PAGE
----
The standard adage for complex systems as seen in biology and economics is that “correlation does not imply causation.” The question then is how do you ever prove that something causes something. In the example of obesity, I stated in my New York Times interview that the obesity epidemic was caused by an increase in food availability. What does that mean? If you strictly follow formal logic then this means that a) an increase in food supply will lead to an increase in obesity (i.e. modus ponens) and b) if there were no obesity epidemic then there would not have been an increase in food availability (i.e. modus tollens). It doesn’t mean that if there were not an increase in food availability then there would be no obesity epidemic. This is where many people seem to be confused. The obesity epidemic could have been caused by many things. Some argue that it was a decline in physical activity. Some say that it is due to some unknown environmental agent. Some believe it is caused by an overconsumption of sugar and high fructose corn syrup. They could all be true and that still doesn’t mean that increased food supply was not a causal factor. Our validated model shows that if you feed the US population the extra food then there will be an increase in body weight that more than compensates for the observed rise. We have thus satisfied a) and thus I can claim that the obesity epidemic was caused by an increase in food supply.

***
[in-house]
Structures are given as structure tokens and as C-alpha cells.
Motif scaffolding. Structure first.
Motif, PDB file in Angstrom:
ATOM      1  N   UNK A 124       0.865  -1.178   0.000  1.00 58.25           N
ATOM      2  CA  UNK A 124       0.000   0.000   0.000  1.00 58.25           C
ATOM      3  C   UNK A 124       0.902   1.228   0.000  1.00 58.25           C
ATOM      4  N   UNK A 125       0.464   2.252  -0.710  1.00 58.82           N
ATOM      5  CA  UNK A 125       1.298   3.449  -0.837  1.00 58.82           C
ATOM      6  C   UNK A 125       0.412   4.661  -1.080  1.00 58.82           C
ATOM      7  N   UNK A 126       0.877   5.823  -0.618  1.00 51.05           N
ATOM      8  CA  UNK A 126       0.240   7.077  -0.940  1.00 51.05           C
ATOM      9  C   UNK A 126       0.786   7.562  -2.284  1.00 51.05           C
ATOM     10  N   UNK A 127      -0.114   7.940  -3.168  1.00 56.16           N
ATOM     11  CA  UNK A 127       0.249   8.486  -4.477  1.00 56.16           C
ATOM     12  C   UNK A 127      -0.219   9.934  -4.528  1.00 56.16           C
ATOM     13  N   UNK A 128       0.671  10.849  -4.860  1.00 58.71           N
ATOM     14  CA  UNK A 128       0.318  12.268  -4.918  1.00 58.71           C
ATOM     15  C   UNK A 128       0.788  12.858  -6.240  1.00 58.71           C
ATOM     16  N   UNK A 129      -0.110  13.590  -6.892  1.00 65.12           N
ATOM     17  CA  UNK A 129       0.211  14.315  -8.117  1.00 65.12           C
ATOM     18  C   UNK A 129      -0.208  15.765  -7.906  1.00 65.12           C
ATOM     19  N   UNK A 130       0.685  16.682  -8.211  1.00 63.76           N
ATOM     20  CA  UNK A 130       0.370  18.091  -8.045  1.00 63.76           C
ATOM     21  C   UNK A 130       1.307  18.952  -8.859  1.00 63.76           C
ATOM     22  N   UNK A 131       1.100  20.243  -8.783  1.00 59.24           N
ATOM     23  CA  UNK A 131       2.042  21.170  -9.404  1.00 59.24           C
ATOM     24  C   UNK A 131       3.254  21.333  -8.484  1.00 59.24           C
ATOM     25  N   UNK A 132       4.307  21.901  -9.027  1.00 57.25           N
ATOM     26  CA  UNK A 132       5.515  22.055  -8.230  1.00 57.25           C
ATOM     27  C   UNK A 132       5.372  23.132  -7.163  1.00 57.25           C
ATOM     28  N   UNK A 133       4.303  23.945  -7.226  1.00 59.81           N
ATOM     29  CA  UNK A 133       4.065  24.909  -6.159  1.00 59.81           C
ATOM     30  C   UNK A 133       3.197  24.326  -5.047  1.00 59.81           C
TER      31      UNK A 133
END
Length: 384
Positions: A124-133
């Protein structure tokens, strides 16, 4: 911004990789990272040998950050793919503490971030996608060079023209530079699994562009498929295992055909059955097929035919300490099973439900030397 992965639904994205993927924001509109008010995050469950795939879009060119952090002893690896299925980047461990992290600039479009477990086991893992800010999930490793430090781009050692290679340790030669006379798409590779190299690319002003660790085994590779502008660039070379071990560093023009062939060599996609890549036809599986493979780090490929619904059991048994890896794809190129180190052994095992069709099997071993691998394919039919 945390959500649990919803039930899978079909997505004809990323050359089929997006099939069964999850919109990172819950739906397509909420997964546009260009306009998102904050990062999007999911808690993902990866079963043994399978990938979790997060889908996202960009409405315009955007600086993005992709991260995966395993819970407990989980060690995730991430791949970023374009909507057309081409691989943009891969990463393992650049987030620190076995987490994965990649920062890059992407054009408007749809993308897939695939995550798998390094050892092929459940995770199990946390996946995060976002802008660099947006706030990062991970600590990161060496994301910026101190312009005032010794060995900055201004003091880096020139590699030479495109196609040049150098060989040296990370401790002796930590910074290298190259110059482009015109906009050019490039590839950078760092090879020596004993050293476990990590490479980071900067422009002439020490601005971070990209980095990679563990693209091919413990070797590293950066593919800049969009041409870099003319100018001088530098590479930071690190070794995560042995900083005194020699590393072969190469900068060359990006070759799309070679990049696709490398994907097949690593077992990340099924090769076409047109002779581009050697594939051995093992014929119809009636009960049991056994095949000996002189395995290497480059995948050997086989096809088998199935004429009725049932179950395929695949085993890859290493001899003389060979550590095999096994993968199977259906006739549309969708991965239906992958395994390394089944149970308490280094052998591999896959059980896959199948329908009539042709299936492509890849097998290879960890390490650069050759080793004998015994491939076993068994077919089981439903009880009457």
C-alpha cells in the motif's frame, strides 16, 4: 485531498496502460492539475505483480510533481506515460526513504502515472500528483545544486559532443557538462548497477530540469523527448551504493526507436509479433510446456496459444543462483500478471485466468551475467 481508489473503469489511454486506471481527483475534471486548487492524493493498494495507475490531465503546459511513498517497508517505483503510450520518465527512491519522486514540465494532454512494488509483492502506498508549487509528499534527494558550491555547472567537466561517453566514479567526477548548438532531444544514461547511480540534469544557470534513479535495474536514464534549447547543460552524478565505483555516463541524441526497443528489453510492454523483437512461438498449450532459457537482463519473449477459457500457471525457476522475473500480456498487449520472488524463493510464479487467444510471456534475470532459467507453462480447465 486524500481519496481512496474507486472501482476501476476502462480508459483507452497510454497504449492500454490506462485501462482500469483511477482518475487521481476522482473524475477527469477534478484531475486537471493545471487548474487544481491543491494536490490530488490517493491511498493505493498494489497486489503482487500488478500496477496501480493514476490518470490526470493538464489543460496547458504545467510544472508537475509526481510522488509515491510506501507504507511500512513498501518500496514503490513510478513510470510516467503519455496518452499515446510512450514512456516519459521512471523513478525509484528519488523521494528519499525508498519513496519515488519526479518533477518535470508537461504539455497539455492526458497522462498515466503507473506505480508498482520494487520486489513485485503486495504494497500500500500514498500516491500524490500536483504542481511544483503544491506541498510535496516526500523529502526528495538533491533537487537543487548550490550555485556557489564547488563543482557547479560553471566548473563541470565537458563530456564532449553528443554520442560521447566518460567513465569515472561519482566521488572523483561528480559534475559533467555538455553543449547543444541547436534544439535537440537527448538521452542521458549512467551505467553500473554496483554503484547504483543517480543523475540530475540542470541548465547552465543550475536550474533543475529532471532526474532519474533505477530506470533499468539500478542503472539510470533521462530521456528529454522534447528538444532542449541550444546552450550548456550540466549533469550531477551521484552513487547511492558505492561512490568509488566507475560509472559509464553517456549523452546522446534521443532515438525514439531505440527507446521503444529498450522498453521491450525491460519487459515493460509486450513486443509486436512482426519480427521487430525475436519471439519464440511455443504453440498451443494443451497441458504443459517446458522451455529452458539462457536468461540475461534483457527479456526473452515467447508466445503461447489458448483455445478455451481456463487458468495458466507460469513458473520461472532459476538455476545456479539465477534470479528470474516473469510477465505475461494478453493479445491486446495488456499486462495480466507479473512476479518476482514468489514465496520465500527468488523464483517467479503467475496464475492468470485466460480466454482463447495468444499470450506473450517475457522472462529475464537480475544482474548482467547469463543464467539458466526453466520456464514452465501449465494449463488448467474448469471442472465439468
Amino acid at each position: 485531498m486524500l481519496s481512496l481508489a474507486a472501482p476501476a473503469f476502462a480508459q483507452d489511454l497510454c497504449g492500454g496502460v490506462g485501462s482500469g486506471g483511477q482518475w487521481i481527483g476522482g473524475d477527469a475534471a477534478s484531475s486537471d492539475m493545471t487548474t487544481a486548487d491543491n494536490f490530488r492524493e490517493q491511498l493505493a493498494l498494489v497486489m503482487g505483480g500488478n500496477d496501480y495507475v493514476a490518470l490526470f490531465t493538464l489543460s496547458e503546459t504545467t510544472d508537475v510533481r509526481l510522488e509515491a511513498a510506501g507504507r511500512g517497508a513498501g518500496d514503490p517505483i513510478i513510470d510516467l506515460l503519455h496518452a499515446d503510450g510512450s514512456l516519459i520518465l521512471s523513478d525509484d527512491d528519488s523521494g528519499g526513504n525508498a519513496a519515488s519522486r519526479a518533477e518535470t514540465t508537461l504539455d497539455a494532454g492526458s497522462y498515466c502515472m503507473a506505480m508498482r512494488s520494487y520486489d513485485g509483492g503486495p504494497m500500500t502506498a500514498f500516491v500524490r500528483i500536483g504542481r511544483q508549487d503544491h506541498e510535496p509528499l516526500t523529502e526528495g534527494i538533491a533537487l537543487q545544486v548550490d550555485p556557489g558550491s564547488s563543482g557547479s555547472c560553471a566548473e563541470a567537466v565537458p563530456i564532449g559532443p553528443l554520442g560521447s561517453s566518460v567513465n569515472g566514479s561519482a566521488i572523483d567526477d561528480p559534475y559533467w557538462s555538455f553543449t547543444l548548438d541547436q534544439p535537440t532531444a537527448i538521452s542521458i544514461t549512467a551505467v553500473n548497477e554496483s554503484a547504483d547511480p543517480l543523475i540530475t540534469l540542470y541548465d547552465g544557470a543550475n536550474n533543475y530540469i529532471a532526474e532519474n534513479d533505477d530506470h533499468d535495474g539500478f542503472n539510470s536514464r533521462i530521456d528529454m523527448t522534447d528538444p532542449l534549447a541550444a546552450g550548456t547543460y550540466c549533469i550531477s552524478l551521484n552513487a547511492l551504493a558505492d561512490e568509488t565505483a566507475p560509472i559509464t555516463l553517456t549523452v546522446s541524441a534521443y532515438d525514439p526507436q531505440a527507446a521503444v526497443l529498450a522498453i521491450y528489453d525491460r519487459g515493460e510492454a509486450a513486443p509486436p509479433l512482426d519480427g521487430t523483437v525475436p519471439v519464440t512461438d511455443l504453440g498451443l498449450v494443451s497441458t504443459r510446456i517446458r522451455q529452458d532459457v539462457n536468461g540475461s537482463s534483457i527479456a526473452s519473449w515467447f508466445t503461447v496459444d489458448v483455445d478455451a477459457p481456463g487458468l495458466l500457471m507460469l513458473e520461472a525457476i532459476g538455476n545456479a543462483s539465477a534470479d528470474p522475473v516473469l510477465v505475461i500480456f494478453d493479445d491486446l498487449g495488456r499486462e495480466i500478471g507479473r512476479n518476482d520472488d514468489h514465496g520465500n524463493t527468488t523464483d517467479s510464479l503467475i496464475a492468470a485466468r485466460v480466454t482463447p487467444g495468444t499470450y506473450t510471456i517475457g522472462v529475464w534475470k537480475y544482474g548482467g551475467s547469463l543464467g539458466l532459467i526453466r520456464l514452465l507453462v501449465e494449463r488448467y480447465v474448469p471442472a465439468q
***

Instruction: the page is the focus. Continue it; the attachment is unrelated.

Stating that obesity is a complex phenomenon that involves lots of different factors and that there cannot be a simple explanation is not an argument against my assertion. This is what I called hiding behind complexity. Yes, it is true that obesity is complex but that is not an argument for saying that food is not a causal factor. If you want to disprove my assertion then what you need to do is to find a country that does not have an obesity epidemic but did exhibit an increase in food supply that was sufficient to cause it. My plan is to do this by applying our model to other nations as soon as I am able to get ahold of data of body weights over time. This has proved more difficult than I expected. The US should be commended for having good easily accessible data. Another important point to consider is that even if increased food supply caused the obesity epidemic, this does not mean that reducing food supply will reverse it. There could be other effects that maintain it even in the absence of excess food. As we all know, it’s complicated.